At MAX 2011, Adobe announced it acquired Typekit, the hugely popular web fonts service. A press release states that "Typekit fonts will be offered as a standalone service and over time as part of Adobe Creative Cloud".
Lea Hickman, vice president, product management, Adobe, enthused about the deal, saying that typography is a "fundamental design element and something that designers want to be more creative with on websites", adding that the Typekit team has "delivered an outstanding service, empowering designers to present the power of the printed word in new ways — online and on devices."
Typekit CEO Jeffrey Veen said that joining Adobe "will accelerate our vision of reinventing the look and feel of [the web] through creative and beautiful fonts".
We asked prominent figures in web design and typography what they thought about the deal and how it will affect Typekit, Adobe, and web design as a whole.
Designer and illustrator Elliot Jay Stocks admitted that he's always apprehensive on hearing about small, innovative startups being acquired by huge, multinational corporations, but he nonetheless hopes Adobe's acquisition of Typekit will turn out to be a win-win situation.
"Adobe stands to benefit massively from a service that's garnered the respect of the web design and typography communities, and Typekit will have the resources and backing of a large company to keep improving its service," he said.
Stocks argued that both 'wins' will benefit customers, especially when Typekit is integrated into Adobe's core products, although he warned that Adobe would do well to allow Typekit to retain much of its independence: "Having a relatively small, extremely passionate team has, I'm sure, been a major factor in Typekit's success."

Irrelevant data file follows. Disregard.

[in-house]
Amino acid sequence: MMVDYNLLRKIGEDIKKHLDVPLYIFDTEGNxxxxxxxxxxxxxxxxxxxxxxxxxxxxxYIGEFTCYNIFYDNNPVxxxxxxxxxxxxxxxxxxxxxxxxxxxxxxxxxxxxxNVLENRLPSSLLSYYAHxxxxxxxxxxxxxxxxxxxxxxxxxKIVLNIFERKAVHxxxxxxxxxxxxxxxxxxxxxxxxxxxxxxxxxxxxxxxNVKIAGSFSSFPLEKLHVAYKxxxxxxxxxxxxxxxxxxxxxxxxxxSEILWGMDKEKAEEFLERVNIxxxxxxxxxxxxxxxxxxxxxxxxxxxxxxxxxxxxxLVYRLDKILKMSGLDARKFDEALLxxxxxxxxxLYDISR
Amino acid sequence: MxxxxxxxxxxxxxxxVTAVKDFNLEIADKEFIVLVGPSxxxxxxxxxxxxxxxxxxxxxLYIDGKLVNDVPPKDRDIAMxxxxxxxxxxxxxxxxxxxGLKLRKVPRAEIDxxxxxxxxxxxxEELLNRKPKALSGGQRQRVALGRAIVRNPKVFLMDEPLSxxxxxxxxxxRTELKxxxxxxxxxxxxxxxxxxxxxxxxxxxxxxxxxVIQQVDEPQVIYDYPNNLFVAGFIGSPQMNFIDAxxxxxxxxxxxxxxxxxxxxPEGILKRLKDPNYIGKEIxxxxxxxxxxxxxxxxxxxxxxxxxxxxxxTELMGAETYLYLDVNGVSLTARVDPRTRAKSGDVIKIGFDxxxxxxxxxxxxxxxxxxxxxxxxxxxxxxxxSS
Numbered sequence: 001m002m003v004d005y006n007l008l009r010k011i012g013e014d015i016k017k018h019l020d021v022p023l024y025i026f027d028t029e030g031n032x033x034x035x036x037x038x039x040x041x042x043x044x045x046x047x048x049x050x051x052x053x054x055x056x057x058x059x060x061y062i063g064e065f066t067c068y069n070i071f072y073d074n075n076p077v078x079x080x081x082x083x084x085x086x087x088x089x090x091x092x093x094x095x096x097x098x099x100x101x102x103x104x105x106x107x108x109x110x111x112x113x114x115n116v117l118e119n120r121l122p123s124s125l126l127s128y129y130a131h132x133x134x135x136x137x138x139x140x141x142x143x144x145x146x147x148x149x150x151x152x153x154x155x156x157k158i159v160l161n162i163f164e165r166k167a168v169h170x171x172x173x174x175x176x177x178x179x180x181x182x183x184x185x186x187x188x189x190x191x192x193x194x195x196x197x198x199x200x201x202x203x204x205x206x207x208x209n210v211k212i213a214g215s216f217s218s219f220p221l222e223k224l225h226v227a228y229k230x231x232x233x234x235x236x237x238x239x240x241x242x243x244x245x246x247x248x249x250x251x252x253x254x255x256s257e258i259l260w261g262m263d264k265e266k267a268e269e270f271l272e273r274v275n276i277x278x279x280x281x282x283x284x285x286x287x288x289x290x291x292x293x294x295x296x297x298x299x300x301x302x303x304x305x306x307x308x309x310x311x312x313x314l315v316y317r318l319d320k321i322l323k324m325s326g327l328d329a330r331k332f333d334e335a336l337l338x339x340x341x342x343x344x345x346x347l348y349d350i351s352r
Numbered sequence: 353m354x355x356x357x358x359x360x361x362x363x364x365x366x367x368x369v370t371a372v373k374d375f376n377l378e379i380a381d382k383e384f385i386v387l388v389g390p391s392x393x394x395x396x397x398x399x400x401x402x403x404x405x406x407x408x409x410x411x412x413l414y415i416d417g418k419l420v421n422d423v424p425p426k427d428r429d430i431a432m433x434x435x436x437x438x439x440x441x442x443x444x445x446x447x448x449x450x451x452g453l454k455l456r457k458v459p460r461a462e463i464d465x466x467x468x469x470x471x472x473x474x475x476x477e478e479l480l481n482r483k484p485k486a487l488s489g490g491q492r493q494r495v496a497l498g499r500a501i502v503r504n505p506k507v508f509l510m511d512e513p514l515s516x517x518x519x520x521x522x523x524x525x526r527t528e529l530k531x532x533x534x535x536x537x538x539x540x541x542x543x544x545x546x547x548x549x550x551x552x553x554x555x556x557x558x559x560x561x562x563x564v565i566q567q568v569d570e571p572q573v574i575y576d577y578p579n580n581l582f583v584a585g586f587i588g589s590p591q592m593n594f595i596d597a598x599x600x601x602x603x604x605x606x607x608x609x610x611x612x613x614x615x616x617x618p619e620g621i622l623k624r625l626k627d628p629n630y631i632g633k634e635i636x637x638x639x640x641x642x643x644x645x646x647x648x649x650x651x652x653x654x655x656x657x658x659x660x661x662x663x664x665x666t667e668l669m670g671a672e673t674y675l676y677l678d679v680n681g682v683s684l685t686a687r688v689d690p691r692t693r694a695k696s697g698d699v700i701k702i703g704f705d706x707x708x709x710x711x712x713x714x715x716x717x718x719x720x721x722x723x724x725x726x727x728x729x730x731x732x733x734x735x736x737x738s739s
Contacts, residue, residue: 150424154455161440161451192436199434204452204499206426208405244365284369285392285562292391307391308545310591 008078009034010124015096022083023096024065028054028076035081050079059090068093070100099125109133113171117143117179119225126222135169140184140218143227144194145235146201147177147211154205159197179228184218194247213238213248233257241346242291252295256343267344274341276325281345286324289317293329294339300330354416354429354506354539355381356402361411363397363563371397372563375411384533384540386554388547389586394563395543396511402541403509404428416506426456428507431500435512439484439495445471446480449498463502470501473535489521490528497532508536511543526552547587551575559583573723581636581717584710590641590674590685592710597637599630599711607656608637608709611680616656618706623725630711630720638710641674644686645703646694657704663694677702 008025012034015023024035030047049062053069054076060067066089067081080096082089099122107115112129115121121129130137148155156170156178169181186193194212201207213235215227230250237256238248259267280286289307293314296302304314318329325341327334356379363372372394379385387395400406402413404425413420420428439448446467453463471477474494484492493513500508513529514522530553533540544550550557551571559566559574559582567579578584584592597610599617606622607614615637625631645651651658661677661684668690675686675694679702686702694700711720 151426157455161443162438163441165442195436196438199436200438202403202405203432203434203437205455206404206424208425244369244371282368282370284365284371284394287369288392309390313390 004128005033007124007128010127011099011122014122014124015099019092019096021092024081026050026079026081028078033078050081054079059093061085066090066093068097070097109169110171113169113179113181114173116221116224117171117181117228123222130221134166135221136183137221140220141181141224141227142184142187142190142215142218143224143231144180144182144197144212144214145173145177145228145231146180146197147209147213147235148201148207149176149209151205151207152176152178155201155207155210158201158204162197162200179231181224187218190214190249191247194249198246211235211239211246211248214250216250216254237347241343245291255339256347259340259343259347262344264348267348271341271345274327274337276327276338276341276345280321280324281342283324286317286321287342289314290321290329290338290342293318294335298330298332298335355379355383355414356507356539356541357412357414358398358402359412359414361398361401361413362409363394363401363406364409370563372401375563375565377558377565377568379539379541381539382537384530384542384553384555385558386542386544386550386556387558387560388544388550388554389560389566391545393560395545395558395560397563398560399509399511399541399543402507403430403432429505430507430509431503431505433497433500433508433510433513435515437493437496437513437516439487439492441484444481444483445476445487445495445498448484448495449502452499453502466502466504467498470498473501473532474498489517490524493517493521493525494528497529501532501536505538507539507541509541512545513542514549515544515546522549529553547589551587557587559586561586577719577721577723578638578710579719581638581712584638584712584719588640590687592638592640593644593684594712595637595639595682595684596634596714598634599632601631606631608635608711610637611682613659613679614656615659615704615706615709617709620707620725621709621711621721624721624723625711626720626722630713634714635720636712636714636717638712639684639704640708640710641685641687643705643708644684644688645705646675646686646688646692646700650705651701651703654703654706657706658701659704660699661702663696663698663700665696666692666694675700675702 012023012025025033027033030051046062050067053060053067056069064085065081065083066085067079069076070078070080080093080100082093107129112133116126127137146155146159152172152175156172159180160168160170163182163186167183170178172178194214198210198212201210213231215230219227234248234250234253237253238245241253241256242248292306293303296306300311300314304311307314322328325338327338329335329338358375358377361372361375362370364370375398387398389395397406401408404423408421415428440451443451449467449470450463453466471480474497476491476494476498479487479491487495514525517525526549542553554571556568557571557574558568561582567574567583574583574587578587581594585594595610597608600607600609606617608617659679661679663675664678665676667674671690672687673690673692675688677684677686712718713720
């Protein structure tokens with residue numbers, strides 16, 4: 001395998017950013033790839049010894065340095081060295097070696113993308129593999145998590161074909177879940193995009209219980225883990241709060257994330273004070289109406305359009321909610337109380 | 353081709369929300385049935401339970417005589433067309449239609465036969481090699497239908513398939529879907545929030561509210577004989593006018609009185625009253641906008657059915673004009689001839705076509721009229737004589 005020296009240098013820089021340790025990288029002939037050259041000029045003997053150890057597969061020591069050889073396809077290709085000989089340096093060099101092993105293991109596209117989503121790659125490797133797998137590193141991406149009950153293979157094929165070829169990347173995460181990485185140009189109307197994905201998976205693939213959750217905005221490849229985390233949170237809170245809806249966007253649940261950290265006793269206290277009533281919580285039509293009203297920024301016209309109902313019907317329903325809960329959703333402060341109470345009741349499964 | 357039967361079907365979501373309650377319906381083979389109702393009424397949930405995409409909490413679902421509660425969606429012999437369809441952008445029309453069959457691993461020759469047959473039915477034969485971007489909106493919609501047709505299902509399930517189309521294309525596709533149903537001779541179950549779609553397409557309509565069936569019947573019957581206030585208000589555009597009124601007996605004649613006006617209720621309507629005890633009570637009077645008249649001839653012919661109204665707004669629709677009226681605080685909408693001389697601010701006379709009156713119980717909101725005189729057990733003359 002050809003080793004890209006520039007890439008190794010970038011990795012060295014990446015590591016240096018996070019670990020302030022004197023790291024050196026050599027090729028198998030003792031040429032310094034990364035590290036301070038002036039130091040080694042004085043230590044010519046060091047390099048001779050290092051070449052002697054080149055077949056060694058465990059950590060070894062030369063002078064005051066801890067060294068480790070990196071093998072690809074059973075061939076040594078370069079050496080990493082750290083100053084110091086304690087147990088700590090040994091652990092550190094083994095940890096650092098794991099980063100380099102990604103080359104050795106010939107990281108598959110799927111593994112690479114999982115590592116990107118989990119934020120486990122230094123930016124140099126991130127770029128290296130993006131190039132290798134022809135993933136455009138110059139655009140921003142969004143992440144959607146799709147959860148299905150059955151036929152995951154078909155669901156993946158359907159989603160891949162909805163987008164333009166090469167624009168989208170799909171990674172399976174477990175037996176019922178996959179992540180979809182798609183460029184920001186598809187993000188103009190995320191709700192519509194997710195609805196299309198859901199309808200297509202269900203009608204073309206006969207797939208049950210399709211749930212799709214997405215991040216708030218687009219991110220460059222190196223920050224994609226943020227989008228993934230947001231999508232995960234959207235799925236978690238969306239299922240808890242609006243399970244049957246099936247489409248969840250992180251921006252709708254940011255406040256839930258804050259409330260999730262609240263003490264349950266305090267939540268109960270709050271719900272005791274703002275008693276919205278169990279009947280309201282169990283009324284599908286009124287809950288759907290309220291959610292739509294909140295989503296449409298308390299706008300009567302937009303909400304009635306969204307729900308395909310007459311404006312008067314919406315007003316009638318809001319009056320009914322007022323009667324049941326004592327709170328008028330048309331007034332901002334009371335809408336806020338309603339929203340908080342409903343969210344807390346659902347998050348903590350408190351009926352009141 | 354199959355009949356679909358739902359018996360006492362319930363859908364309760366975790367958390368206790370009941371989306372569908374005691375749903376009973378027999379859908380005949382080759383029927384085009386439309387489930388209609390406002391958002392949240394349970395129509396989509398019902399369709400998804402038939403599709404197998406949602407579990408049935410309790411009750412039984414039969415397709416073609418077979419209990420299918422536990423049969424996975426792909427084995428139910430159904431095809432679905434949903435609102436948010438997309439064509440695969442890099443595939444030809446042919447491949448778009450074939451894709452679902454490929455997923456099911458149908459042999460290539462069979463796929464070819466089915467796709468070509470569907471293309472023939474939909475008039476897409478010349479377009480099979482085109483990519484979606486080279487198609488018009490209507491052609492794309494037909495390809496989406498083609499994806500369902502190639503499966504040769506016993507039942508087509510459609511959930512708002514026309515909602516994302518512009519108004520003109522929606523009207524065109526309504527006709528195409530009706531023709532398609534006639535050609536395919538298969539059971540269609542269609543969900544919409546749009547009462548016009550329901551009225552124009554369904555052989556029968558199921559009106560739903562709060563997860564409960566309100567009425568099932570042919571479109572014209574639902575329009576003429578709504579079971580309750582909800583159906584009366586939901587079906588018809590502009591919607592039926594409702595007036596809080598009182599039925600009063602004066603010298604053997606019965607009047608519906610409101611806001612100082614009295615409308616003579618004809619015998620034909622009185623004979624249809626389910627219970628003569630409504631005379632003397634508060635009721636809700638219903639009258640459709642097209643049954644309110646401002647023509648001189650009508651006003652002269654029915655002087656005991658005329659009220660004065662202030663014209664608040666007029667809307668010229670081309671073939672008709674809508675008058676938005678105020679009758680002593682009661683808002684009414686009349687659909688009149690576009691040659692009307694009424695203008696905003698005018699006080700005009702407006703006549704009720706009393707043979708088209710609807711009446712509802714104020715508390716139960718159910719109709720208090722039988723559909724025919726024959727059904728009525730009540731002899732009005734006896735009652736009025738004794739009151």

Self-described 'typomaniac' Erik Spiekermann also thinks this is a smart move and beneficial for the industry.
"With a heavyweight like Adobe behind it, web-font standards like EOF and WOFF cannot be ignored any more,” he said. “Adobe also has a lot of experience with rendering type. One of the main obstacles to the use of web fonts is still the fact that they render differently across platforms and browsers. What looks great on a Mac may look crappy on a PC, making the choice of fonts, their size and other parameters unpredictable. Hinting can help, and Adobe has tools that may automate some of the tedious work required to hint existing fonts for screen display."
Spiekermann added that the deal additionally means Adobe is now a distributor for other foundries' type, the ones that Typekit have under contract: "Quite ironic, as so far Adobe fonts are being distributed by companies like Monotype, Linotype, FontShop et al who also have their own foundries!"
Media designer Roger Black also believes the deal will be great for customers: "The new Adobe cloud service will provide a more pervasive way to use fonts, as well as more fonts. The move indicates that Adobe is beginning to understand the stuck-in-print challenge, both for customers and itself." However, he urges a little caution regarding the rest of the deal: "It's not clear how the foundries will react to getting their web fonts sucked into Adobe. Some like their independence, and Adobe is a competitor."